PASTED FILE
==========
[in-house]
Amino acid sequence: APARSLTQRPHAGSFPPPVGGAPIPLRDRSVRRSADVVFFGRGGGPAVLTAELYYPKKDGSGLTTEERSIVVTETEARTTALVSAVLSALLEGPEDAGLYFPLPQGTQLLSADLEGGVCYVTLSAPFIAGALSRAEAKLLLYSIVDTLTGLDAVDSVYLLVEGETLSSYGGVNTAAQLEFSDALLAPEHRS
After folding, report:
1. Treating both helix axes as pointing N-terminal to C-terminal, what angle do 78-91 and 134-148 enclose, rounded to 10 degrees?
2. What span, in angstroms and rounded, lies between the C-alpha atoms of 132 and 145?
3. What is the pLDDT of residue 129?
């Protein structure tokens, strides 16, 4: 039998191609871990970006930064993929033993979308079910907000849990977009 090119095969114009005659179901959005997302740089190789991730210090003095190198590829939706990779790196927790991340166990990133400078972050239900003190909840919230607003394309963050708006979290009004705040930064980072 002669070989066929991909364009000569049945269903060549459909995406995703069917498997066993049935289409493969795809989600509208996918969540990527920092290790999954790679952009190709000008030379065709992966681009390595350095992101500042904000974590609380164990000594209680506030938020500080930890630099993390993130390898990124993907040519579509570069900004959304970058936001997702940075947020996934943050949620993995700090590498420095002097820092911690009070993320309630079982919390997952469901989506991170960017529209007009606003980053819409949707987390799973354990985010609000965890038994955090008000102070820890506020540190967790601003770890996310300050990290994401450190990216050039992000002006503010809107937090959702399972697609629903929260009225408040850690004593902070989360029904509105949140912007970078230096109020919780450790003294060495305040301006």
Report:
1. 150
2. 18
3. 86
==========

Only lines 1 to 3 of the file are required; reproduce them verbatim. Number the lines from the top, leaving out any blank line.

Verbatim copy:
[in-house]
Amino acid sequence: APARSLTQRPHAGSFPPPVGGAPIPLRDRSVRRSADVVFFGRGGGPAVLTAELYYPKKDGSGLTTEERSIVVTETEARTTALVSAVLSALLEGPEDAGLYFPLPQGTQLLSADLEGGVCYVTLSAPFIAGALSRAEAKLLLYSIVDTLTGLDAVDSVYLLVEGETLSSYGGVNTAAQLEFSDALLAPEHRS
After folding, report: